An 11-year-old Zebulon Girl Scout sold the most cookies in Eastern Wake County two years in a row, racking up nearly $3,700.
Suzi Dowling, who has been a Girl Scout since she was 4 years old, sold 1,054 boxes of America’s favorite cookies in less than three months earlier this year.
“I went door-to-door around Zebulon and Wendell,” Suzi said. “We also did cookie booths at The Factory and Walmart.”
Last year, the Zebulon Middle School seventh-grader won first place as well.
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“Last year, my goal was only 700, and I got to 900,” she said.
In her troop, Troop 1430, she sold twice as many cookies as the second place scout.
The most popular cookie? Thin mints, of course.
An experiment with gluten-free cookies has been growing in popularity, and although the boxes don’t count toward Suzi’s numbers, she managed to sell 50 boxes of the wheat-free option.
Although she recruited her dad to sell cookies at work, and her mom to help at the cookie stand, Suzi found that salesmanship presented its own challenges.
“You can be late sometimes,” she said of selling door-to-door. “And people have already got some (cookies).”
Other top sellers in Wake County, Area 20 – which includes 28 troops in Eastern Wake County – are Arwen Coble, 11, from Knightdale and Troop 1561, close behind with 1,052 boxes sold and Camille Foster, 9, of Raleigh and Troop 3301 who sold 1,002 boxes.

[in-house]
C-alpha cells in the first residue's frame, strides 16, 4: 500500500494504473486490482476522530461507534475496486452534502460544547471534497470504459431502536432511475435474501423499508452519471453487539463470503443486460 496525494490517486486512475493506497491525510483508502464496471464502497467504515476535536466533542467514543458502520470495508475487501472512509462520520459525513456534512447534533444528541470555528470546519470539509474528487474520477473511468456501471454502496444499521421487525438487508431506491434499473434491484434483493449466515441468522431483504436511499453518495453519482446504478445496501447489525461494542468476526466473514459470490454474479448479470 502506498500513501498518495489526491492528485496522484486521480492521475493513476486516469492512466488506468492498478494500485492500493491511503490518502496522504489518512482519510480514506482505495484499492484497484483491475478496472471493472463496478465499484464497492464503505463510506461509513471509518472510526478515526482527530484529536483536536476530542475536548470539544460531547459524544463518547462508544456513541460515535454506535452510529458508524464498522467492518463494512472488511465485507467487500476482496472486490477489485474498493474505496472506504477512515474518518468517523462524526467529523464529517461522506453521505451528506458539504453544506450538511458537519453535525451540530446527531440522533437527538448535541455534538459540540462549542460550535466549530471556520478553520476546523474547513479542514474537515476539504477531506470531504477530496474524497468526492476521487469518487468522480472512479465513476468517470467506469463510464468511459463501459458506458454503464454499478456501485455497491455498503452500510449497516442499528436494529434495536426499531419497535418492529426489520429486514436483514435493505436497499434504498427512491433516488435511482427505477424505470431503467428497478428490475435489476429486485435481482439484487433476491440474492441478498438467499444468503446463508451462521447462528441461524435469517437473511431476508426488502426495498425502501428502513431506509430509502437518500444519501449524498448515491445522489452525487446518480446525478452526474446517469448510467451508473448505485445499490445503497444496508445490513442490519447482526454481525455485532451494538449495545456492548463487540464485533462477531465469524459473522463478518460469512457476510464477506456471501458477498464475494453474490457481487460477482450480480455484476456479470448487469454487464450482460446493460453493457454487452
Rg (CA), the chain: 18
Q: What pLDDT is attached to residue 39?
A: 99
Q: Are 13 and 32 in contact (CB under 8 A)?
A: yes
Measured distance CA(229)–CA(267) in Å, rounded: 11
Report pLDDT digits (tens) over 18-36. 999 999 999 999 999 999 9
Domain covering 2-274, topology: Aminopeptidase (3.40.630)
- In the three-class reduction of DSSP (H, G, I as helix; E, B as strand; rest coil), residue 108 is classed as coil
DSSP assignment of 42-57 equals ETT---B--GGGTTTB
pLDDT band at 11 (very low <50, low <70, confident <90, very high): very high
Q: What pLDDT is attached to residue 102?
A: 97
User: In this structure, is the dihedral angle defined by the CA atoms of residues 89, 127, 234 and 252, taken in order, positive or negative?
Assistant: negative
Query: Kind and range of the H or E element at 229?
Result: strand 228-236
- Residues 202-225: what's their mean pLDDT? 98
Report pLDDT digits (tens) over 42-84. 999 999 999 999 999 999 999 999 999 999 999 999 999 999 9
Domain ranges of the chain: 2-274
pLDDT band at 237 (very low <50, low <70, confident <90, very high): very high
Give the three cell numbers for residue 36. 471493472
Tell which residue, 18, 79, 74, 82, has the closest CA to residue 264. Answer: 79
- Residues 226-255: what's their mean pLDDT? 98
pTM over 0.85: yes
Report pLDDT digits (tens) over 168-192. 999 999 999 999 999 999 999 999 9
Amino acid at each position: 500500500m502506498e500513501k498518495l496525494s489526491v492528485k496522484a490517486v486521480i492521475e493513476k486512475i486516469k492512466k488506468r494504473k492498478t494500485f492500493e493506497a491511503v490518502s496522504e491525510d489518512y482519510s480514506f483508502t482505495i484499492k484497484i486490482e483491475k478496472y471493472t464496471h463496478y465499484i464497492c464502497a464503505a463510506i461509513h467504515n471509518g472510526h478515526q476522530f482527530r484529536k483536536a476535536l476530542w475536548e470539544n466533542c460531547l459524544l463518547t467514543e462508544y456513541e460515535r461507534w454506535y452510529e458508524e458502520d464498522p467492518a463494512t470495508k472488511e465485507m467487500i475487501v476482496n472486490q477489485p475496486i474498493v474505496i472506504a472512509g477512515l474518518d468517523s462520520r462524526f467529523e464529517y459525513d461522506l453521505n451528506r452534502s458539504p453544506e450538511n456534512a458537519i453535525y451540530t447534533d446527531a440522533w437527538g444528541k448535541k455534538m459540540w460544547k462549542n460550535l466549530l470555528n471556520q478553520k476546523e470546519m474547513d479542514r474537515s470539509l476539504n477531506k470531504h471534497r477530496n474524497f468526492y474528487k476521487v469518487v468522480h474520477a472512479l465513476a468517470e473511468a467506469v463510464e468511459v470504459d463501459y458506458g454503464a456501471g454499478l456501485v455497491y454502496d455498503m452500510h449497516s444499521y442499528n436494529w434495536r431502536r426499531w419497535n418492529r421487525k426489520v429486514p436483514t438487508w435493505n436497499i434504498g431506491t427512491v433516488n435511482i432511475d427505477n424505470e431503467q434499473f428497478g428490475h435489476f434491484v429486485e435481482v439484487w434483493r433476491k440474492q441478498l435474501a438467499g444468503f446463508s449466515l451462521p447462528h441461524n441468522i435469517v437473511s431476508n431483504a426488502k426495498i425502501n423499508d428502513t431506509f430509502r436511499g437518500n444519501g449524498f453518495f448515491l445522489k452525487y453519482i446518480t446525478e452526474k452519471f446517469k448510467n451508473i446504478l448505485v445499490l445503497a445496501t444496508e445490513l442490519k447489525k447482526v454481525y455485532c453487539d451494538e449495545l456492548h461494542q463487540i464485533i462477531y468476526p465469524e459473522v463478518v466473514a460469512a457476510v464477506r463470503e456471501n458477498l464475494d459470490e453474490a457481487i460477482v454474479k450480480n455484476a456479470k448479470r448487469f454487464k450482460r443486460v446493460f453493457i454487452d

The overall top cookie seller was Charisma Parham of Leland,with 3,616 boxes sold. Sierra Stefanelli of Aberdeen placed second with 3,169 boxes sold and Xena Gray of Cary sold 3,000 boxes.
Lisa Jones, CEO of Girl Scouts, N.C. Coastal Pines said that she excited to celebrate the leading sellers this year.
“The cookie program teaches Girl Scouts skills that will help them grown into leaders in their own life, leaders in business and leaders in the world,” she said. “Not only are they having fun selling cookies, they are learning how to set and achieve goals, manage money, work as a team, make sound decisions and provide great customer service.”
Profits from the boxes go toward program activities and community service projects and philanthropy. About 45 cents per $3.50 box returns directly to the troop, which the girls can choose between exchanging for prizes or a troop trip.
Suzi said she chose prizes, including a stuffed polar bear. Next year, she’s determined to reach first place once again.
Although Dowling stands out in Wake County, she is one of 283 girls who sold more than 1,000 boxes each.
Nationwide, the average number of boxes sold by Girl Scouts is 135.